In short, if I'm not mistaken, this is the tension that the artist looks for in every one of his figures. It is just that tension and the excitement it engenders that is communicated to those who wear his jewels.
In Babetto's most recent "Deconstructivist" works made of synthetic materials, the way is cleared for a new transparency and a new chromatism. A stimulating promise for the future. A feast of lightness which is staged even today with rare security and distinction.


Angelo Formichella
These are my jewels
Excerpted from "Jewels of culture", published by "Gli Ori"




"These are my jewels," said Cornelia Gracco, devoted to the education of her children, indicating her little children to a matron who was showing off he precious stones. With the same tone that sums up his devotion and life, Giampaolo Babetto might say, "These are my children."
Babetto's work is indeed devoid of any trace of ostentation or frivolous condescension and has all the signs of a patient and sincere construction, the same that a parent gives to his own flesh.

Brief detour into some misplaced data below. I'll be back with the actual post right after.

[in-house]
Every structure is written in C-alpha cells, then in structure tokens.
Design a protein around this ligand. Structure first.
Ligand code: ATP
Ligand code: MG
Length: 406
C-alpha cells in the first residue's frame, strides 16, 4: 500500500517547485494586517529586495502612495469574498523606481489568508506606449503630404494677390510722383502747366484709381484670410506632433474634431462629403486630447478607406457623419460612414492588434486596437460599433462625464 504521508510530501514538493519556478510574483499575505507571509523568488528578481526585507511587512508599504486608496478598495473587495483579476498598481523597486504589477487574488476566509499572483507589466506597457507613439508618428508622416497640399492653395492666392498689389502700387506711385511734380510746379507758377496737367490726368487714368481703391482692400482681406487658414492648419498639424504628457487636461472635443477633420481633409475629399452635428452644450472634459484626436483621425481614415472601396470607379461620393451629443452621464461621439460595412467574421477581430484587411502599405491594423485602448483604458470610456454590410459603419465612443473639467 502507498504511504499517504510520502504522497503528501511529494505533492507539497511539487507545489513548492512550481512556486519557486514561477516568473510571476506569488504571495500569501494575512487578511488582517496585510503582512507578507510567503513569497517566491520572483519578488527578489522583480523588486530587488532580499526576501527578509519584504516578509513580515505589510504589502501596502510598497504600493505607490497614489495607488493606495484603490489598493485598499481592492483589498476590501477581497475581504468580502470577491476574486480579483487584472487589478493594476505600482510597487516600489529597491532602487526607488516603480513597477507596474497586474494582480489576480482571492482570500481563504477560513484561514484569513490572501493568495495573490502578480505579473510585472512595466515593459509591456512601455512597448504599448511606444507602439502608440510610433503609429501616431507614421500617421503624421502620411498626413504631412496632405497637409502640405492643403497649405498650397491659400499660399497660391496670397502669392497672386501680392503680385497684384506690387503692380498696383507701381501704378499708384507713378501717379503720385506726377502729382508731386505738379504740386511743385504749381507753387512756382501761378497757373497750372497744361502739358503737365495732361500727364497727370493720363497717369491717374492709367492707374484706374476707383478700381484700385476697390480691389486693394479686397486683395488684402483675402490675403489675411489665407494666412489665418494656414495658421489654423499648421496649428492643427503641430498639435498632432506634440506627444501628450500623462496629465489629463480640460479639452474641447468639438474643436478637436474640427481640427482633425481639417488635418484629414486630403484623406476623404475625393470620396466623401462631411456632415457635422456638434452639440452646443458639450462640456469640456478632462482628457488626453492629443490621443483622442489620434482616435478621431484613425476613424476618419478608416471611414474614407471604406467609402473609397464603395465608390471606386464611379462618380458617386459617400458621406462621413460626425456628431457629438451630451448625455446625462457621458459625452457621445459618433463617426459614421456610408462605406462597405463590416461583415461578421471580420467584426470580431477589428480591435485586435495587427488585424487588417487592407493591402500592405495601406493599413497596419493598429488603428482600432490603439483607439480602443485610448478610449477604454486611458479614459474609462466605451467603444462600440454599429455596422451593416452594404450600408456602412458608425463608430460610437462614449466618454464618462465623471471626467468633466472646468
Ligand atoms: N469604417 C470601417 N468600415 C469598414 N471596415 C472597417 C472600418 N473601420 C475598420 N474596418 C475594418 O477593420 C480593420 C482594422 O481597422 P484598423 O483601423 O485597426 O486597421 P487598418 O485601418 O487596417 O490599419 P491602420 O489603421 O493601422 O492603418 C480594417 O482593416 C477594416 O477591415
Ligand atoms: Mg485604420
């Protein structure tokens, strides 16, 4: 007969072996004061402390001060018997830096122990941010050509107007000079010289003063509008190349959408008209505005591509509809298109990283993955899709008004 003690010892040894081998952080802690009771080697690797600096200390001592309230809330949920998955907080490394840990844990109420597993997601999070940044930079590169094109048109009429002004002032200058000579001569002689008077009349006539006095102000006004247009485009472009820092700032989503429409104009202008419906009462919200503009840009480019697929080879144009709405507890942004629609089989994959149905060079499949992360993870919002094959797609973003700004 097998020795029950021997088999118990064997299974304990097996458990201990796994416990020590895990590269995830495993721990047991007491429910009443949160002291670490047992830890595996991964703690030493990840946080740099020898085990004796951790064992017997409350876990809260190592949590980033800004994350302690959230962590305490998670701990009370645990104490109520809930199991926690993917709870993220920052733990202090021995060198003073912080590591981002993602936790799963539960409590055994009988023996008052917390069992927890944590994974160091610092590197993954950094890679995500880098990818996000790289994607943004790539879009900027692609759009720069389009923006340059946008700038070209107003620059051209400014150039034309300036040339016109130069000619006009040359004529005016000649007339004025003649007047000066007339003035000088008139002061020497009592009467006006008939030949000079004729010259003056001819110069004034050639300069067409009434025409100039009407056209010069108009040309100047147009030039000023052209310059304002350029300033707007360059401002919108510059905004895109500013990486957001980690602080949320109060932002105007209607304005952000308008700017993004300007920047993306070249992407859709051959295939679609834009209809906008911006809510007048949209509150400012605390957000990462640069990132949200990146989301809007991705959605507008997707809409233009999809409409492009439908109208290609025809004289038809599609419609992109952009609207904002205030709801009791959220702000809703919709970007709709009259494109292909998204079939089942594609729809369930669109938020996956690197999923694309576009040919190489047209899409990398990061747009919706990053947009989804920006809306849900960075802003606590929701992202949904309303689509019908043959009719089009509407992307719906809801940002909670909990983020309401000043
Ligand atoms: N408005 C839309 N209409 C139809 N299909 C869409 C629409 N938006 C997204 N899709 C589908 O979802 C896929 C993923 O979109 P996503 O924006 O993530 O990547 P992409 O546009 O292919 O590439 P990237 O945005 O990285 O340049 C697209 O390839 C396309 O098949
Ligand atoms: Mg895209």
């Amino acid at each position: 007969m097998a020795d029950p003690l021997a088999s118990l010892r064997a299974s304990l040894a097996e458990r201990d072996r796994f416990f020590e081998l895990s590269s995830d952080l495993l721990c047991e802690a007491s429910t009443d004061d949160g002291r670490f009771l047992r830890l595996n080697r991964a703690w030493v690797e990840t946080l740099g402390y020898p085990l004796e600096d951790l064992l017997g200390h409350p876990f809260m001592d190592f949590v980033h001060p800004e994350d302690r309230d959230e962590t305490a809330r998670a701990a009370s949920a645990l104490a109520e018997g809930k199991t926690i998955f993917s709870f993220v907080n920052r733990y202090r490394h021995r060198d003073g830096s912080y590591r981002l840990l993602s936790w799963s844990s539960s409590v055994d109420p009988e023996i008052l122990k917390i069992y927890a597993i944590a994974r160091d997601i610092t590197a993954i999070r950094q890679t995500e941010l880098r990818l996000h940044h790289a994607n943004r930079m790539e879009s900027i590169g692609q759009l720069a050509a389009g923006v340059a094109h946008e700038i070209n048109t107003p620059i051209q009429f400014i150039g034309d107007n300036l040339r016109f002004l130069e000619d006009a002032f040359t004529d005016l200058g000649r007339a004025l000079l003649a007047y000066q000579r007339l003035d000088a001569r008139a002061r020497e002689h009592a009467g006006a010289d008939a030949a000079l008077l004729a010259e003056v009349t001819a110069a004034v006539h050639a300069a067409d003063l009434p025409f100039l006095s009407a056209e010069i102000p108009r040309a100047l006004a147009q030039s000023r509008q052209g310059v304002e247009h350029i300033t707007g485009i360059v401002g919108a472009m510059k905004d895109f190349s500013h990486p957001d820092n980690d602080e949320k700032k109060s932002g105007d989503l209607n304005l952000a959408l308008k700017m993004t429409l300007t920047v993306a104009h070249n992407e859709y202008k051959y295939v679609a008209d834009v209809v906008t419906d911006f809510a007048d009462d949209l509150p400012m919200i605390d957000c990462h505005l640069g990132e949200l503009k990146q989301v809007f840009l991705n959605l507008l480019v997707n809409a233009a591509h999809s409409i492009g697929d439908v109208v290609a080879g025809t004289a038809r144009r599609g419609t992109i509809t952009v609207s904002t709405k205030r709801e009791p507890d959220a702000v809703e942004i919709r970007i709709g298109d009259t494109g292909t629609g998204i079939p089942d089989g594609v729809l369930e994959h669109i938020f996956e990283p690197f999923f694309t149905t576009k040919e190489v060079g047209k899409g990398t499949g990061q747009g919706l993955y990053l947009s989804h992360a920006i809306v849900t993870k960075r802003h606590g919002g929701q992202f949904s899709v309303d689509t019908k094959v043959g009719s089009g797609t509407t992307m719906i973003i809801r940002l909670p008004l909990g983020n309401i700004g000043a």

His work, although by nature small in size, takes its rightful place among artworks that from first glance onwards dispel any thought of interpreting them as ornament or mere work of sophisticated craftsmanship. In support of Babetto's ability to be considered outside a restricted and contaminated circle (minor art?), it is worthwhile to quote the following words of Adolf Loos: "One must take into account the fact that precious materials and accurate execution not only balance the absence of ornaments, but also add an elegance that goes far beyond it. Form and ornament are the result of the unconscious, common work of men who belong to a certain class of civilization. All the rest is art." Giampaolo Babetto's consideration of Pontormo in his recent works has made it pertinent to exhibit them at the Scuderie Medicee in Poggio a Caiano. The artistic and historical memory of these places is in this way proposed as an expression of the present time, thereby preserving the knowledge of them.


Lara - Vinca Masini
Jewels of culture
Excerpted from "Jewels of culture", published by "Gli Ori"




It is well-known how much Giampaolo Babetto's name is noted, in almost all the world, as a creator of jewels that form a dialogue with the concept of space, even if always remaining an expression linked to the jewel, without changes in the jewel itself, as often occurs in many of those made by architects, in architectonic projects of scale (for that matter, the same thing occurs with much of the so-called "artistic jewelry," often small works that go back to painting or sculpture).